In one embodiment, at least one touch screen control at the display 201 includes different fore edge view inputs 216, 218 that trigger the display of a fore edge view 204′. For example, a swipe input 218 with a user's hand triggers the display of the fore edge view 204′ in FIG. 4. The swipe input 218 may alternatively be in the form of a motion swipe, a tap or various touch screen interface controls. The fore edge view 204′ may be displayed, for example, as long as a finger or thumb is held on the screen. For example, a thumb may be used to slide across the content view 202′ of the display and provide the fore edge view input 216 that triggers display of the for edge view 204′. As long as the thumb remains held to the content view section the fore edge view 204′ continues to be displayed.
In another embodiment, a swipe at a location of the display 201 triggers display of the fore edge view and does not need to be held to the screen. For example, once a user's hand, stylus or other mechanism that may be used to perform the gesture or touch for triggering the view 204′ is released from the screen the fore edge view may remain in place until another input is received to close or hide the fore edge view 204′, such as a hide for edge view input including a touch release, an alternative motion, tap, click, swipe, gesture, or the like.
Upon receiving a request via a swipe, touch or tap for the fore edge view 204′, the fore edge view 204′ displays page edges 210 corresponding to the pages of the document in the content view. The page edges 210 may vary in number depending upon the number of pages of each document or represent a different number of pages other than a one-to-one correspondence. After the fore edge view is generated, the reader of the document has access to riffling controls affected by riffling receptors in the touch screen control (in FIG. 1) that operates for riffling through pages of the document. Riffling through a document, such as a novel, includes skipping different pages at once. For example, a reader that is relatively familiar with the document may desire to skip to a certain page by just opening the book, or the reader may want to skim through a document's pages just to get a feel of the content. Various other reasons may possess the reader to riffle through the pages of a document. In one example, however, the reader uses a hand 220 or other mechanism of FIG. 4 to swipe the fore edge view 204′ in a similar manner as flipping through pages several or more at a time of a physical novel or document in the reader's other hand.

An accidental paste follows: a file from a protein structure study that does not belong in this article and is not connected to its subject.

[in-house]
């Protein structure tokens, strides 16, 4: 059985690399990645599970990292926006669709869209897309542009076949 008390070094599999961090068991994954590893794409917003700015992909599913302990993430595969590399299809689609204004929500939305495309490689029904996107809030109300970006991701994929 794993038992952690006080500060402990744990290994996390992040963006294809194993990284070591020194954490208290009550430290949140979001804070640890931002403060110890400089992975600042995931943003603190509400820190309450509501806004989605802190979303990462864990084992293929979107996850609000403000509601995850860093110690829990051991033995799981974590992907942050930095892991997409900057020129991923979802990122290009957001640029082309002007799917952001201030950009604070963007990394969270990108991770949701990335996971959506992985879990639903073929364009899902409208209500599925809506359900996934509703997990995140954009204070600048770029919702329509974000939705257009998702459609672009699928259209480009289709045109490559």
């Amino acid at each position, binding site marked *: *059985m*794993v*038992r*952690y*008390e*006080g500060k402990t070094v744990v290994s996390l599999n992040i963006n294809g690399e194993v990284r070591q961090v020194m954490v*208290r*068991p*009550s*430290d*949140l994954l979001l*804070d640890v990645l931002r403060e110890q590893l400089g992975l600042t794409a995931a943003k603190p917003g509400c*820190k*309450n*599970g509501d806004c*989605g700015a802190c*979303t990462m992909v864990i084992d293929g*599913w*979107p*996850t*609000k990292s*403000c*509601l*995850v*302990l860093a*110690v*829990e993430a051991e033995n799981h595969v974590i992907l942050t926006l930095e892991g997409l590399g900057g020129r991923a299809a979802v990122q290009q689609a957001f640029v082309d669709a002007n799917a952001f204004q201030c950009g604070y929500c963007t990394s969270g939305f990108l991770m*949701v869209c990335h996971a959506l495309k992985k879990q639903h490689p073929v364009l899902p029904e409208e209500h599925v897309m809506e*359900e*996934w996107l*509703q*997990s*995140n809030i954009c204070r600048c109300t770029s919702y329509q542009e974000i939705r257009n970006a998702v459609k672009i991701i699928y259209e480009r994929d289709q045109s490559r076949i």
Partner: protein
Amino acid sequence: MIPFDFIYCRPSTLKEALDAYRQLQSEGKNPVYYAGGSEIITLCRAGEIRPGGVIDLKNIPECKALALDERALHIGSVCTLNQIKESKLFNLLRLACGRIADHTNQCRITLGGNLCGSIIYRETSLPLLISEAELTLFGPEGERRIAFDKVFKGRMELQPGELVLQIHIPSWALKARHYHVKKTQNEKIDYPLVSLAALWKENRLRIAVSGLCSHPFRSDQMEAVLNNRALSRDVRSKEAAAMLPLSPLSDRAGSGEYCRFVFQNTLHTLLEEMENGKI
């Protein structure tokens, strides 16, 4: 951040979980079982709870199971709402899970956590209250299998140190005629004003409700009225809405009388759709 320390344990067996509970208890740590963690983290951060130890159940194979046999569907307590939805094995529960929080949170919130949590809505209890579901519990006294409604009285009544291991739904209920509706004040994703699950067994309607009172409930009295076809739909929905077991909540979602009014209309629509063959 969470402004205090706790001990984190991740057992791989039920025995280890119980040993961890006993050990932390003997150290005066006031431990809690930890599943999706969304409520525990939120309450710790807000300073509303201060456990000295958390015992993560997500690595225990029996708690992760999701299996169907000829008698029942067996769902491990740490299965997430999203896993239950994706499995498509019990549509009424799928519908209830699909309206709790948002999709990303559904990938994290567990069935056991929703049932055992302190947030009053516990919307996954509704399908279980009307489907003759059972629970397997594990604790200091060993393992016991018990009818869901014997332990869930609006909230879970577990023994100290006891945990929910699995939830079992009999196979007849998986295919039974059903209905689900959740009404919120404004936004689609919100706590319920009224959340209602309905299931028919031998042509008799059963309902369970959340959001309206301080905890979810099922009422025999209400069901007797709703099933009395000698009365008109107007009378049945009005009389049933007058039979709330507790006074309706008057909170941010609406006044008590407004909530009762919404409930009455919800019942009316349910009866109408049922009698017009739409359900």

In another embodiment, the display 201 triggers the display of the fore edge view 204′ by use of a motion sensor control (115 of FIG. 1) for generating the fore edge view request 216 input, as shown in FIG. 3. For example, a reader may grasp the device 200′ and tilt it in direction or other like motion, such as a shake or movement. Upon sensing the motion for the fore edge view request 216, the device 200′ generates the fore edge view 204′ causing page edges of the document display. The reader then has access to riffling controls that enable the electronic manipulation of pages throughout the document and cause the document to update accordingly within the content view 202′. Similar to a physical book with a spine, a reader is thus provided a tangible feel and similar manipulation style of a reading experience. Just as a reader picks up a book and holds the spine for pages to turn by the wayside, the device 200′ operates upon sensing a motion by showing the page edges 210 in a fore edge view 204′. Additional motions can cause the pages to riffle or fall to another side, just as riffling inputs provided to the fore edge view 204′ cause the document to riffle through pages. Alternatively, in another embodiment, the reader/user can press and drag a finger across a portion of the screen onto the display.